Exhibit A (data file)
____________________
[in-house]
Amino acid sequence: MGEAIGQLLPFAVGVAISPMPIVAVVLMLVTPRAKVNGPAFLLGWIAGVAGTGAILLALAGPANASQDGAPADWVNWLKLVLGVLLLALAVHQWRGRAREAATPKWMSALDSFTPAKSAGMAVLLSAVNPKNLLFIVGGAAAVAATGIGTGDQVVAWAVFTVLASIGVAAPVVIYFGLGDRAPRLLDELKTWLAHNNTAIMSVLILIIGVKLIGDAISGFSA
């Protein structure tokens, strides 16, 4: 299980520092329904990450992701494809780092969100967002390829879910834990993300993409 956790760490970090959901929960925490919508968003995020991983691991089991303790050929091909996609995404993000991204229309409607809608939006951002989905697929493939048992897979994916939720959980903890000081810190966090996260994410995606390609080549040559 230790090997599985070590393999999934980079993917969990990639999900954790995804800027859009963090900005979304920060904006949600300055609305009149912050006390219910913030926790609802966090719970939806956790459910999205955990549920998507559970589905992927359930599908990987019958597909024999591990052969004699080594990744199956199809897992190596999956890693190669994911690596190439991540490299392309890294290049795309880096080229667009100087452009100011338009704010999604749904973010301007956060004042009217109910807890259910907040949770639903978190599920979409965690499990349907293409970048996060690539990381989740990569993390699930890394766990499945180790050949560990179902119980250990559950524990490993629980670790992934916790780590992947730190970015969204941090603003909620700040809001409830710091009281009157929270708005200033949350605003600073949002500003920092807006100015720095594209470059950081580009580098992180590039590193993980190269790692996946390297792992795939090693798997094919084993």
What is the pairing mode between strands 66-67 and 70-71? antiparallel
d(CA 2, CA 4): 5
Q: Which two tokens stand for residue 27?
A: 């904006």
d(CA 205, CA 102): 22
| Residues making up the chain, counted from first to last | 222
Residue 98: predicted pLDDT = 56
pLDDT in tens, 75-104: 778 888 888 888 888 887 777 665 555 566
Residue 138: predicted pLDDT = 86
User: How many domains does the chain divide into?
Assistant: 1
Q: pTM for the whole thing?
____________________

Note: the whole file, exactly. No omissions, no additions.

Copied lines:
[in-house]
Amino acid sequence: MGEAIGQLLPFAVGVAISPMPIVAVVLMLVTPRAKVNGPAFLLGWIAGVAGTGAILLALAGPANASQDGAPADWVNWLKLVLGVLLLALAVHQWRGRAREAATPKWMSALDSFTPAKSAGMAVLLSAVNPKNLLFIVGGAAAVAATGIGTGDQVVAWAVFTVLASIGVAAPVVIYFGLGDRAPRLLDELKTWLAHNNTAIMSVLILIIGVKLIGDAISGFSA
């Protein structure tokens, strides 16, 4: 299980520092329904990450992701494809780092969100967002390829879910834990993300993409 956790760490970090959901929960925490919508968003995020991983691991089991303790050929091909996609995404993000991204229309409607809608939006951002989905697929493939048992897979994916939720959980903890000081810190966090996260994410995606390609080549040559 230790090997599985070590393999999934980079993917969990990639999900954790995804800027859009963090900005979304920060904006949600300055609305009149912050006390219910913030926790609802966090719970939806956790459910999205955990549920998507559970589905992927359930599908990987019958597909024999591990052969004699080594990744199956199809897992190596999956890693190669994911690596190439991540490299392309890294290049795309880096080229667009100087452009100011338009704010999604749904973010301007956060004042009217109910807890259910907040949770639903978190599920979409965690499990349907293409970048996060690539990381989740990569993390699930890394766990499945180790050949560990179902119980250990559950524990490993629980670790992934916790780590992947730190970015969204941090603003909620700040809001409830710091009281009157929270708005200033949350605003600073949002500003920092807006100015720095594209470059950081580009580098992180590039590193993980190269790692996946390297792992795939090693798997094919084993």
What is the pairing mode between strands 66-67 and 70-71? antiparallel
d(CA 2, CA 4): 5
Q: Which two tokens stand for residue 27?
A: 């904006």
d(CA 205, CA 102): 22
| Residues making up the chain, counted from first to last | 222
Residue 98: predicted pLDDT = 56
pLDDT in tens, 75-104: 778 888 888 888 888 887 777 665 555 566
Residue 138: predicted pLDDT = 86
User: How many domains does the chain divide into?
Assistant: 1
Q: pTM for the whole thing?